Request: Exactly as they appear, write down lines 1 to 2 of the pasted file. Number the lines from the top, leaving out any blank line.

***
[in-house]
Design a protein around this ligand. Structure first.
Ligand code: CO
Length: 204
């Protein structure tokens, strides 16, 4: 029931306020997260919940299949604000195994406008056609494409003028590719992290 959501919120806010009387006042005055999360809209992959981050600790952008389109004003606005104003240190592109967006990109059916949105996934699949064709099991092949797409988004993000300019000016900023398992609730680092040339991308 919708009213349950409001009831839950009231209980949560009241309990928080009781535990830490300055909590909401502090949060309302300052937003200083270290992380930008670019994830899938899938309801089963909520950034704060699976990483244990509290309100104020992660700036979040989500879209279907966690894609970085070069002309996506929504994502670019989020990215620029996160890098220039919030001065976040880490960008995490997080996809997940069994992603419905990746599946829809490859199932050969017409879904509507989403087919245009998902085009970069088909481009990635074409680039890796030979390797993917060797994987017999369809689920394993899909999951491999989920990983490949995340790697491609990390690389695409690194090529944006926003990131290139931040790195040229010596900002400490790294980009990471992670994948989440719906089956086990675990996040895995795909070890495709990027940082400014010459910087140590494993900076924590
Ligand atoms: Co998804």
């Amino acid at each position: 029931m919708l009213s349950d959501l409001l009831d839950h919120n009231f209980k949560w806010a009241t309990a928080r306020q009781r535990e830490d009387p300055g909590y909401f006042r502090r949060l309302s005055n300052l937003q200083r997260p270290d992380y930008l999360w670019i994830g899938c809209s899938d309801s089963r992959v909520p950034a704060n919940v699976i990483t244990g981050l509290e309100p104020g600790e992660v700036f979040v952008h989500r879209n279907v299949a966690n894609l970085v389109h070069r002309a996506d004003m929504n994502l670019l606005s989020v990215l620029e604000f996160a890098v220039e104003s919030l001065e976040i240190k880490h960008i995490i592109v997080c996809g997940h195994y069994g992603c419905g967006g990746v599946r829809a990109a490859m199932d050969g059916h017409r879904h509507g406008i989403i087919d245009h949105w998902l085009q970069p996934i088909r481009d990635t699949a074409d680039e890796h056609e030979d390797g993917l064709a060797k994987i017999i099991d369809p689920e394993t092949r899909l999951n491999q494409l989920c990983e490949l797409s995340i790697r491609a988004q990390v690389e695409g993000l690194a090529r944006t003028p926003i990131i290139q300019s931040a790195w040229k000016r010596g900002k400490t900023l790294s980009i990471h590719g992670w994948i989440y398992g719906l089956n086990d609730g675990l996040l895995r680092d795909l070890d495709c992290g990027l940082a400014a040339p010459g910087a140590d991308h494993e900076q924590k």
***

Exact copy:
[in-house]
Design a protein around this ligand. Structure first.